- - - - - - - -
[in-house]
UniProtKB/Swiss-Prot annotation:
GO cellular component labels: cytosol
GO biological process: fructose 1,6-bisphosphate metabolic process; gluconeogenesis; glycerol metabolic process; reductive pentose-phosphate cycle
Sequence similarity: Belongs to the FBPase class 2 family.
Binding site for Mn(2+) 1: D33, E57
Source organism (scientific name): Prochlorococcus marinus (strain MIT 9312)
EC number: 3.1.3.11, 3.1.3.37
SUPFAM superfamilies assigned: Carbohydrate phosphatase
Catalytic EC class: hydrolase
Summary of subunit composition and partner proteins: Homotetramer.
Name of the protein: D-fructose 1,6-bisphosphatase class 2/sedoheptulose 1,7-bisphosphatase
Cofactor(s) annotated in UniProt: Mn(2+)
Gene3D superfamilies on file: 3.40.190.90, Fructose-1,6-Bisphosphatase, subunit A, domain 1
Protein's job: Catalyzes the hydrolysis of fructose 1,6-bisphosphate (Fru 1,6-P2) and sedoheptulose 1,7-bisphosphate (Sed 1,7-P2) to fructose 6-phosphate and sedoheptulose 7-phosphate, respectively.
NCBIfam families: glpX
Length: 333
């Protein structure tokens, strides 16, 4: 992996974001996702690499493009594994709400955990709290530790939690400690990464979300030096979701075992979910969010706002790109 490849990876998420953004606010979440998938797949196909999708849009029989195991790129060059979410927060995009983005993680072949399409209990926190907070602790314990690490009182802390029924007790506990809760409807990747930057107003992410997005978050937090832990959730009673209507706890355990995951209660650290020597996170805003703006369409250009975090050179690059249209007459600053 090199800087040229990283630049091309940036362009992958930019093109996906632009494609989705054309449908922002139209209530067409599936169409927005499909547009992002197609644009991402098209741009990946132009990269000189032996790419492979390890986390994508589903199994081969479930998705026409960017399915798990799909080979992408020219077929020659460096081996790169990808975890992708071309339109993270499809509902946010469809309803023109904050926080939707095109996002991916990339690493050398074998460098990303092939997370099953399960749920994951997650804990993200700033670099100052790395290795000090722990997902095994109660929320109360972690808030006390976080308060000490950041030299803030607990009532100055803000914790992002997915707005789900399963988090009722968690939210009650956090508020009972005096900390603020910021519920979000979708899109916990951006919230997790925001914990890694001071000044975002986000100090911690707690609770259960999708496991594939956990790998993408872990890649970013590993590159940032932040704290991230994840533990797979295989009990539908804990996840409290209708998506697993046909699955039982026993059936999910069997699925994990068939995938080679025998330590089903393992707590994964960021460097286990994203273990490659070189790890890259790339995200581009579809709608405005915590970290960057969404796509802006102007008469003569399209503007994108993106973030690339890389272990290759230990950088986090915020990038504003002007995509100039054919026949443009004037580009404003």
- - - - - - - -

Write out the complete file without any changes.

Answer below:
[in-house]
UniProtKB/Swiss-Prot annotation:
GO cellular component labels: cytosol
GO biological process: fructose 1,6-bisphosphate metabolic process; gluconeogenesis; glycerol metabolic process; reductive pentose-phosphate cycle
Sequence similarity: Belongs to the FBPase class 2 family.
Binding site for Mn(2+) 1: D33, E57
Source organism (scientific name): Prochlorococcus marinus (strain MIT 9312)
EC number: 3.1.3.11, 3.1.3.37
SUPFAM superfamilies assigned: Carbohydrate phosphatase
Catalytic EC class: hydrolase
Summary of subunit composition and partner proteins: Homotetramer.
Name of the protein: D-fructose 1,6-bisphosphatase class 2/sedoheptulose 1,7-bisphosphatase
Cofactor(s) annotated in UniProt: Mn(2+)
Gene3D superfamilies on file: 3.40.190.90, Fructose-1,6-Bisphosphatase, subunit A, domain 1
Protein's job: Catalyzes the hydrolysis of fructose 1,6-bisphosphate (Fru 1,6-P2) and sedoheptulose 1,7-bisphosphate (Sed 1,7-P2) to fructose 6-phosphate and sedoheptulose 7-phosphate, respectively.
NCBIfam families: glpX
Length: 333
């Protein structure tokens, strides 16, 4: 992996974001996702690499493009594994709400955990709290530790939690400690990464979300030096979701075992979910969010706002790109 490849990876998420953004606010979440998938797949196909999708849009029989195991790129060059979410927060995009983005993680072949399409209990926190907070602790314990690490009182802390029924007790506990809760409807990747930057107003992410997005978050937090832990959730009673209507706890355990995951209660650290020597996170805003703006369409250009975090050179690059249209007459600053 090199800087040229990283630049091309940036362009992958930019093109996906632009494609989705054309449908922002139209209530067409599936169409927005499909547009992002197609644009991402098209741009990946132009990269000189032996790419492979390890986390994508589903199994081969479930998705026409960017399915798990799909080979992408020219077929020659460096081996790169990808975890992708071309339109993270499809509902946010469809309803023109904050926080939707095109996002991916990339690493050398074998460098990303092939997370099953399960749920994951997650804990993200700033670099100052790395290795000090722990997902095994109660929320109360972690808030006390976080308060000490950041030299803030607990009532100055803000914790992002997915707005789900399963988090009722968690939210009650956090508020009972005096900390603020910021519920979000979708899109916990951006919230997790925001914990890694001071000044975002986000100090911690707690609770259960999708496991594939956990790998993408872990890649970013590993590159940032932040704290991230994840533990797979295989009990539908804990996840409290209708998506697993046909699955039982026993059936999910069997699925994990068939995938080679025998330590089903393992707590994964960021460097286990994203273990490659070189790890890259790339995200581009579809709608405005915590970290960057969404796509802006102007008469003569399209503007994108993106973030690339890389272990290759230990950088986090915020990038504003002007995509100039054919026949443009004037580009404003």